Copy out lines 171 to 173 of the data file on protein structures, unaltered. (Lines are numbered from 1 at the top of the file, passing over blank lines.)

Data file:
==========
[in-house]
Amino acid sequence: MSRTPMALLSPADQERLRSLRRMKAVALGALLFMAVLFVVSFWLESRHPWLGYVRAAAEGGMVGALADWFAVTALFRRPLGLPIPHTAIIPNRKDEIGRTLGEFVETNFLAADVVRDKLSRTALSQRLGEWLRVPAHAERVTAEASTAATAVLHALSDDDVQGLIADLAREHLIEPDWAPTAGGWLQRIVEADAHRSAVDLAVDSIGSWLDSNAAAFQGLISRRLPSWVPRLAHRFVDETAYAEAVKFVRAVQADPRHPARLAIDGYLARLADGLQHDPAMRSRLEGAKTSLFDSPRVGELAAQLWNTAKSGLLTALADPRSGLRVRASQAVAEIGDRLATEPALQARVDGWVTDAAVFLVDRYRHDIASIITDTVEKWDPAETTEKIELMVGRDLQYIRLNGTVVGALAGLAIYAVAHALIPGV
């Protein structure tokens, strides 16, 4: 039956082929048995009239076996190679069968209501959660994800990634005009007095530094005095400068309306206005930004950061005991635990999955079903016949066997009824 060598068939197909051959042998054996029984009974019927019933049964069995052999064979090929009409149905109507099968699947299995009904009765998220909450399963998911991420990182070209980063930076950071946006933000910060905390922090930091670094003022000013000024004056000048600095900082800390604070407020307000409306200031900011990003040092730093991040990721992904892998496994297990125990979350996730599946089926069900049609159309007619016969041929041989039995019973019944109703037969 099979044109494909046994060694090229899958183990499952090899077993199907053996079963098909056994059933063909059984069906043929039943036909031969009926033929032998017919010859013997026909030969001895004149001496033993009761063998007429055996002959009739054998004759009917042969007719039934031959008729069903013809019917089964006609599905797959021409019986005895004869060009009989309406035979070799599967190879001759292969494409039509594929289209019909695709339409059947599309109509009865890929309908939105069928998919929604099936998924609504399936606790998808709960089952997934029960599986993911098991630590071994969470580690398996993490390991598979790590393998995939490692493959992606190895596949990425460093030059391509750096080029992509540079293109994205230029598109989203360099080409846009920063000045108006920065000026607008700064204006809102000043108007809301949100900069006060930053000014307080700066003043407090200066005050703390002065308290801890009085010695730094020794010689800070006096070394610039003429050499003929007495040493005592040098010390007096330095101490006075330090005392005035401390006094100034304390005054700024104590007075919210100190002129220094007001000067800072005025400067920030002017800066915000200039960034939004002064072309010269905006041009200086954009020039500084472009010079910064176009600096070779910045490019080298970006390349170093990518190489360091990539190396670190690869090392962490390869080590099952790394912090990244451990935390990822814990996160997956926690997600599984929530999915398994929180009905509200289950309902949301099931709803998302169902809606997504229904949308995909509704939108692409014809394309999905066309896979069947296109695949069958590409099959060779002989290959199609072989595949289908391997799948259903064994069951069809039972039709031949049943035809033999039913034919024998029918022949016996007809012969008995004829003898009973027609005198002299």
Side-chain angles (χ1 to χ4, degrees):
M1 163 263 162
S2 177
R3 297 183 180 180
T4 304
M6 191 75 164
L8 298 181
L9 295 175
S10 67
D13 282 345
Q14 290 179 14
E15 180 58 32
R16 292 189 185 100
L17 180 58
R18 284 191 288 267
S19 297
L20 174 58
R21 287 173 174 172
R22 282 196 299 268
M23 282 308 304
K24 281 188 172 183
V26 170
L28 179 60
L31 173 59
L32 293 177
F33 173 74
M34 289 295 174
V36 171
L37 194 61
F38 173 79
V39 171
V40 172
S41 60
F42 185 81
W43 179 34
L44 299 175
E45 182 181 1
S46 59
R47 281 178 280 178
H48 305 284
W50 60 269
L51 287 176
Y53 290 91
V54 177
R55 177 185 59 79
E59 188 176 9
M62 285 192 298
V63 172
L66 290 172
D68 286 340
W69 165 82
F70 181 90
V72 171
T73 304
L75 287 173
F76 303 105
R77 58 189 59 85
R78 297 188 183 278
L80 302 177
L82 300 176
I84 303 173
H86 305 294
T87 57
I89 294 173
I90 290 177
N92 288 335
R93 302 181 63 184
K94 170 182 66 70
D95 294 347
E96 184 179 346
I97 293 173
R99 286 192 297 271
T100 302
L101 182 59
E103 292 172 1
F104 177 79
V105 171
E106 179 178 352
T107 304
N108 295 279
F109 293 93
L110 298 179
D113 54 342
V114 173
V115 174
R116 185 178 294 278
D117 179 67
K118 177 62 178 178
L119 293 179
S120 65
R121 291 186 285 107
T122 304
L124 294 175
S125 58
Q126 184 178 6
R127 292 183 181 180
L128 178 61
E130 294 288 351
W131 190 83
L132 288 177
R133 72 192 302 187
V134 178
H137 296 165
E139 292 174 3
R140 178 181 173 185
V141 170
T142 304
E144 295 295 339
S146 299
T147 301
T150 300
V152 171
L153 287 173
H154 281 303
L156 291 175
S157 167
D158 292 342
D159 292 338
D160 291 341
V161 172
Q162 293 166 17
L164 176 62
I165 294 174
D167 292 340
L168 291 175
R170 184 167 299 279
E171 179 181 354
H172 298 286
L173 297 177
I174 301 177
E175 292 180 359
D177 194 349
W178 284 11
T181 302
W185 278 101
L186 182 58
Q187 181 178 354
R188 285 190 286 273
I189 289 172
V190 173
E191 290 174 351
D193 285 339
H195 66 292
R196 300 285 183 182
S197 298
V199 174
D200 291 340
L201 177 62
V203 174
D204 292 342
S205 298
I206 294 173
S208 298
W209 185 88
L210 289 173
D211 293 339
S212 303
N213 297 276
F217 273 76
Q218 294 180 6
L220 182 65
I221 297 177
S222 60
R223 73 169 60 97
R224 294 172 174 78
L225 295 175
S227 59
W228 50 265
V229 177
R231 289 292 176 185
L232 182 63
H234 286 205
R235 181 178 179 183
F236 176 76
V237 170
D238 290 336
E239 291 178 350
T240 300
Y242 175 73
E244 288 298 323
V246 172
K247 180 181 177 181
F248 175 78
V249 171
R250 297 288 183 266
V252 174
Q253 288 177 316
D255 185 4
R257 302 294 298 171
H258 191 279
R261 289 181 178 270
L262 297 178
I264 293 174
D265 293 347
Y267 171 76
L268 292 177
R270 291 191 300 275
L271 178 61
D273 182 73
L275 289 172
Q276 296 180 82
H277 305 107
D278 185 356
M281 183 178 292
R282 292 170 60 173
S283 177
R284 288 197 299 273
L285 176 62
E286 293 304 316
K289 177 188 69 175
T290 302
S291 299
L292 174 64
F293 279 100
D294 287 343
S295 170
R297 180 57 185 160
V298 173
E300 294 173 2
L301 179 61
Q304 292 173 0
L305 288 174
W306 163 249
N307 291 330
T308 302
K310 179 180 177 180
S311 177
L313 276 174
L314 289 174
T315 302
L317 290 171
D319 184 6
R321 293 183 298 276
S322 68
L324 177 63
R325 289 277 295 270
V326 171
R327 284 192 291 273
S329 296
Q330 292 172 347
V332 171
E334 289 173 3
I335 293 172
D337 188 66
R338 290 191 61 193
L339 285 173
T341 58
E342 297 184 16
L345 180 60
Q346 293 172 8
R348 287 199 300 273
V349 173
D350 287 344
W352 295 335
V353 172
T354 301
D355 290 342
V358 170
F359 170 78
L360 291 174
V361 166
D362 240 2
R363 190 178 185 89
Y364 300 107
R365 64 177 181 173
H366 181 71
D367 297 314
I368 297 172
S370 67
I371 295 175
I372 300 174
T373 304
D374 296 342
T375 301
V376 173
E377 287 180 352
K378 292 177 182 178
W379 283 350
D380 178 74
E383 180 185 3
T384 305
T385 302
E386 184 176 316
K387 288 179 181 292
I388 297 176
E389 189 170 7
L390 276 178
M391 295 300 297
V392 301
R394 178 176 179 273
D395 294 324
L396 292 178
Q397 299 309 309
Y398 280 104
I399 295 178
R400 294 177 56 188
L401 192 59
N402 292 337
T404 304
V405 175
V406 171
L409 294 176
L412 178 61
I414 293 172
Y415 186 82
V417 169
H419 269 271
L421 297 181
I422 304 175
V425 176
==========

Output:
W228 50 265
V229 177
R231 289 292 176 185